Problems with Law

Due to the relative newness of the problem, only a handful of lawsuits have resulted from virtual property disputes.

Read about this Chinese case, in which a game developer was held to be negligent and was ordered to restore the plaintiff's stockpile of virtual biological weapons. Do you agree with this verdict? With the remedy? Would you like to see this sort of approach applied in the U.S.?

Now let's read about Bragg v. Linden Labs, one of only a very few U.S. virtual property cases to be filed. Read this overview of the case and browse through the discussion on Prof. Orin Kerr's blog. What do you think about the commenters' debate about the Second Life EULA? Think about these same problems as they apply to the Entropia Universe EULA. Is the existence of a EULA always going to be dispositive? For fun, check out the .pdf of Marc Bragg's one-page complaint. Thoughts?

Is the lack of litigation an indication that formal legal protection is unnecessary, or is it an indication that disputes are going unresolved? If we are to extend protections to virtual property, what should those protections look like?

Even Congress has started to pay attention to MMORPG economies. Why, you might ask? Why, taxes, of course. Read US Congress launches probe into virtual economies from Reuters' Second Life News Center. Yes, Reuters has a news service specific to Second Life.   Optional: If you find this as curious as I do, you can read this interview with Reuters' Second Life correspondent.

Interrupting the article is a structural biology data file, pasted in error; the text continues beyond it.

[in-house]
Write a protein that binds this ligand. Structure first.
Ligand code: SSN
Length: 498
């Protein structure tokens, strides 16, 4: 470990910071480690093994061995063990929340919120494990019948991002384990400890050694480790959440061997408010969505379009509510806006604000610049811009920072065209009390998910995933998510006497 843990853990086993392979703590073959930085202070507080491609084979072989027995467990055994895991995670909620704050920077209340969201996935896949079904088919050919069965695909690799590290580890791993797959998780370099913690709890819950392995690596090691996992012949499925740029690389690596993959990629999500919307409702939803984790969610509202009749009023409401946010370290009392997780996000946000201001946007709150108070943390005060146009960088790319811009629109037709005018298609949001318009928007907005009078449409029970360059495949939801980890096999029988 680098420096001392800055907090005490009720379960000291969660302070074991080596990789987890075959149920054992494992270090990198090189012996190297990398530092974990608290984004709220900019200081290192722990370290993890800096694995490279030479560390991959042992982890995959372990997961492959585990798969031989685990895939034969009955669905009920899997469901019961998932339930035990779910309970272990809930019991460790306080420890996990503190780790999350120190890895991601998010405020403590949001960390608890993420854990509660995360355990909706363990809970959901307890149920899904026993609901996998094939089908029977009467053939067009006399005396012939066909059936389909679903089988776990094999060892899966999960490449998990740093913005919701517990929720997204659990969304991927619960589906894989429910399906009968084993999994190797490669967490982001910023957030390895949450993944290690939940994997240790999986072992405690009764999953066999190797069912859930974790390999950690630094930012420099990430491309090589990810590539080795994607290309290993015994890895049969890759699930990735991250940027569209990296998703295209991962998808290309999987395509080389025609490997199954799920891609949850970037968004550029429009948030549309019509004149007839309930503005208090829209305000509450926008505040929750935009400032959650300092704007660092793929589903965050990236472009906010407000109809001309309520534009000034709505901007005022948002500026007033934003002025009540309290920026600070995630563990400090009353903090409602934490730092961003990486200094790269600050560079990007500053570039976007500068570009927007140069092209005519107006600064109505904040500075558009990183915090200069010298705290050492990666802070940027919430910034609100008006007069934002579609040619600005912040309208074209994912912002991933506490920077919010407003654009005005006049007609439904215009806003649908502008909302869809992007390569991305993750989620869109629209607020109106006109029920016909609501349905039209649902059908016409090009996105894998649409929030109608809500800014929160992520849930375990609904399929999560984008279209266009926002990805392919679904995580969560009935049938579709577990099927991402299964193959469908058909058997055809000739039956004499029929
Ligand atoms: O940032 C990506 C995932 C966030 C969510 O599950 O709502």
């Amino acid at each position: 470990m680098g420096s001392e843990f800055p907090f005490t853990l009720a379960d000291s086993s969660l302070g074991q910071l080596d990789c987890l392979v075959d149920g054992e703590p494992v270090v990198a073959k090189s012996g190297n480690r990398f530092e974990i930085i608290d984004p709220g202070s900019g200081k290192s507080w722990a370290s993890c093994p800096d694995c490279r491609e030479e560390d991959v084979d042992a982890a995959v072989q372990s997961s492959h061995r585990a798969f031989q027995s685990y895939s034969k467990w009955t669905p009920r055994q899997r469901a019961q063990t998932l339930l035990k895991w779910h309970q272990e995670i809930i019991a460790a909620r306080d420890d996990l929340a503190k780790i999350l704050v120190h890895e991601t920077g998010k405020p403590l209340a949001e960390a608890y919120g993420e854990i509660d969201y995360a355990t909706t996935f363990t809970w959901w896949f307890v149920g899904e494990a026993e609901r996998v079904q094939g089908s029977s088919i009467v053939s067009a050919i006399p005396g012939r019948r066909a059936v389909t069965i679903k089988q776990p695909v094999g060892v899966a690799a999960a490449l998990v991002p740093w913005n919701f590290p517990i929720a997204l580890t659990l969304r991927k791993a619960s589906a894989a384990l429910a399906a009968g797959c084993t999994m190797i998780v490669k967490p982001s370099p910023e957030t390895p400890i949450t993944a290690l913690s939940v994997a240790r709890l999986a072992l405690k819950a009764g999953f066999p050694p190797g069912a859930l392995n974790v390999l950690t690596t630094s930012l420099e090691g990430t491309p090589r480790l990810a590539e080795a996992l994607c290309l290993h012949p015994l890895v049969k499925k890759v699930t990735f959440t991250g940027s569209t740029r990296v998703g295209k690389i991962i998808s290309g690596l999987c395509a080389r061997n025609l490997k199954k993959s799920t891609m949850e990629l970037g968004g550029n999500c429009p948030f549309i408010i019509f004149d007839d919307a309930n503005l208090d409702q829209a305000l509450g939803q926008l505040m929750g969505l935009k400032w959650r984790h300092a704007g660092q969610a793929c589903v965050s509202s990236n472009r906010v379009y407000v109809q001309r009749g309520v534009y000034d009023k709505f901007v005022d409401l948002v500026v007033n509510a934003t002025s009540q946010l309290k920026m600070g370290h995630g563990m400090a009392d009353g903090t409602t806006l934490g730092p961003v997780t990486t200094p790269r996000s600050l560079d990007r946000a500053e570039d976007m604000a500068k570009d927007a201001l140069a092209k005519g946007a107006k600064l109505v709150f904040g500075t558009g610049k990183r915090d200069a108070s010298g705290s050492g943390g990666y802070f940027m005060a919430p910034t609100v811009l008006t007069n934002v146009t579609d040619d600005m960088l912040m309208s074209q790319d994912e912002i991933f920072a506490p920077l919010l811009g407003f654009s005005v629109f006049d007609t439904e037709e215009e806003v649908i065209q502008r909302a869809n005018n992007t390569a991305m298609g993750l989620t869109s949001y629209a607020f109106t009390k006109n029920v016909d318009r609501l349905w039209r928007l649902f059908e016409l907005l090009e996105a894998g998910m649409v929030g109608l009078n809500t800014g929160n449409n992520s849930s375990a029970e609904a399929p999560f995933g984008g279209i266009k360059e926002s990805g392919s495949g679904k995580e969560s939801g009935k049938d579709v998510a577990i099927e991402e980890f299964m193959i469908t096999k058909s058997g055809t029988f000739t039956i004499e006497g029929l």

Legal Scholarship

First, think back to the Lastowka and Hunter article at the beginning of this assignment. That provided an excellent introduction to several of the fundamental legal issues.

Jack M. Balkin argues that there is a First Amendment "right to play" in virtual worlds, but points out that, like real-world rights, that right to play is not unlimited. Part of this right to play--and the potential source of one kind of injury--is the possession of virtual property. He argues that increasing real-world commodification (that is, the increasing amount of real-world value attached to virtual property) makes it impossible to ignore the issue. Read "The Costs of Commodification" (pages 28-32) of Balkin's Virtual Liberty. In this section, he identifies several obstacles that may arise from the recognition of an ownership interest in virtual property, and weighs various options available to legislators and developers for keeping those obstacles under control. What do you think of his distinction between virtual worlds that encourage real-world commodification and those that don't? Does basing protections on the developer's intent resolve the issue?